Source of triple-E advisory was infected mosquito caught in Lebanon trap

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Eastern equine encephalitis virus neuroinvasive disease cases reported by state of residence, 2009-2018. (U.S. CDC graphic)

AUGUSTA, Maine - A field epidemiologist with the Maine Center for Disease Control on Thursday said the Eastern Equine Encephalitis advisory issued on Thursday was the result of a mosquito obtained from a Lebanon trap being found infected with the virus.

The center routinely installs traps in various regions around the state during the summer and fall months, Field Epidemiologist Kate Colby told The Rochester Voice Thursday afternoon. She said the center does not identify the exact location of the traps because they don't want areas of town distant from the trap site to believe they are less at risk.

Most persons infected with Eastern Equine Encephalitis, or triple-E, suffer no symptoms, but severe cases involving encephalitis, an inflammation of the brain, begin with the sudden onset of headache, high fever, chills, and vomiting. In these more severe cases, the disease is fatal about a third of the time.

State health officials urged residents to take precautions to minimize the risk of being bitten by an infected mosquito, including wearing protective clothing and using insect repellent that includes DEET.

Colby also said it would be prudent for all town surrounding Lebanon, including Rochester, N.H., to take special note of the advisory, since it is likely mosquitoes in their area could also be infected.

Colby also said that while cooler temperatures can slow down mosquito activity, they remain a threat until much colder weather is upon us.

Rochester Assistant Fire Chief Tim Wilder echoed those concerns on Thursday, urging Rochester residents to take extra precautions when venturing outside, and follow all safety measures as prescribed by the CDC.

In late August the Maine Center for Disease Control and Prevention reported that a horse in York County was euthanized after it tested positive for the disease.

As in the location of the Lebanon trap, Colby said the town where the infected horse was put down will not be disclosed as safety officials want no one to minimize the risk.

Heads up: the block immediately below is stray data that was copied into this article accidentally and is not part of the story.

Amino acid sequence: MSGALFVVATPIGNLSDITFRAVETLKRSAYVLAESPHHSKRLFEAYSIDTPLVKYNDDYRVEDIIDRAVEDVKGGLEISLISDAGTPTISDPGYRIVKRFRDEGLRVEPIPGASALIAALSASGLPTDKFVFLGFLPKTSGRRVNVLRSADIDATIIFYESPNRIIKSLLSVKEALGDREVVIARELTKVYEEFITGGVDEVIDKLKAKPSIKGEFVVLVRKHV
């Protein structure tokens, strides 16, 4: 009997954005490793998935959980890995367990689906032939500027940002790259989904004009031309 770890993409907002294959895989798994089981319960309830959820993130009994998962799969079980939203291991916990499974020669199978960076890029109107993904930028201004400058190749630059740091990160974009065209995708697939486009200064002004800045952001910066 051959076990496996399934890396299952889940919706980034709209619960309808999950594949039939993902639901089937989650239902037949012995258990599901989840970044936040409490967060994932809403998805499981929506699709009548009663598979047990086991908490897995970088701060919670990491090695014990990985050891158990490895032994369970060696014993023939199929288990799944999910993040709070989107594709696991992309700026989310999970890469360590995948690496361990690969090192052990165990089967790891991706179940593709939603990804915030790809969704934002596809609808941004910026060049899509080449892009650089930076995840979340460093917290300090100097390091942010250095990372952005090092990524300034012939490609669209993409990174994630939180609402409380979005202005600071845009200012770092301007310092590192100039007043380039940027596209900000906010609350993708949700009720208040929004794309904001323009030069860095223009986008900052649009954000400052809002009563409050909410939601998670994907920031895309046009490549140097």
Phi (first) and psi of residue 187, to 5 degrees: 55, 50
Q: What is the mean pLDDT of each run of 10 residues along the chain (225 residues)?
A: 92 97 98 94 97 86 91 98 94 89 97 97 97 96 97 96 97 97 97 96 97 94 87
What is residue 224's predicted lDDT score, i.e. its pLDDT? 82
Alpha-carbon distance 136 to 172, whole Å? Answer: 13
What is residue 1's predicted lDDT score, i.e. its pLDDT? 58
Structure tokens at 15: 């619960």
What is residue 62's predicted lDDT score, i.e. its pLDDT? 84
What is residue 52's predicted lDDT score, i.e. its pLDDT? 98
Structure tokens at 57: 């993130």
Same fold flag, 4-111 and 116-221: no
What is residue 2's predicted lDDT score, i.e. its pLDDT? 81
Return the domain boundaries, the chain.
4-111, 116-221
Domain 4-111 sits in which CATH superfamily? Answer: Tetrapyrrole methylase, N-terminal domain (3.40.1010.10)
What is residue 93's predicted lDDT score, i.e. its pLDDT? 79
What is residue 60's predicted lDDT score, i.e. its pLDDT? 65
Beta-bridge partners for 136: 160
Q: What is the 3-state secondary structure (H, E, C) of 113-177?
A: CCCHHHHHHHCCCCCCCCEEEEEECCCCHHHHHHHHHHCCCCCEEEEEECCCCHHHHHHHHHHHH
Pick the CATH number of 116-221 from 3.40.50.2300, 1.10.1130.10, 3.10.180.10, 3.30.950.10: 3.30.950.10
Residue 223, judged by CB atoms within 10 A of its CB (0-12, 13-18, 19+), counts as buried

Multiple credible sources have told The Rochester Voice, however, the horse had been stabled in Lebanon.

The horse had not been vaccinated against the disease, the agency said. It was the first detected case of EEE in a horse in Maine since 2013.

According to the national Center for Disease Control, the Eastern Equine Encephalitis virus is transmitted to humans by the bite of an infected mosquito. It is rare in humans, and only a few cases are reported in the United States each year. Most cases occur in the Atlantic and Gulf Coast states.

The most acute form of the disease only presents symptoms in about four to five percent of infections, according to the CDC.

In September 2012 the death of 30 pheasants in Lebanon was attributed to triple-E.

The same year a Vermont man died from triple-E, and there were also several human infections in Massachusetts, but none proved fatal.

A vaccine for EEE and West Nile virus is available for horses, according to health officials, who note that horses who have not been vaccinated in the last six months should get an initial shot or a booster. The disease can also attack specialty livestock, like llamas, alpacas, emus, ostriches and other farm-raised birds, such as pheasants, quail and ducks.

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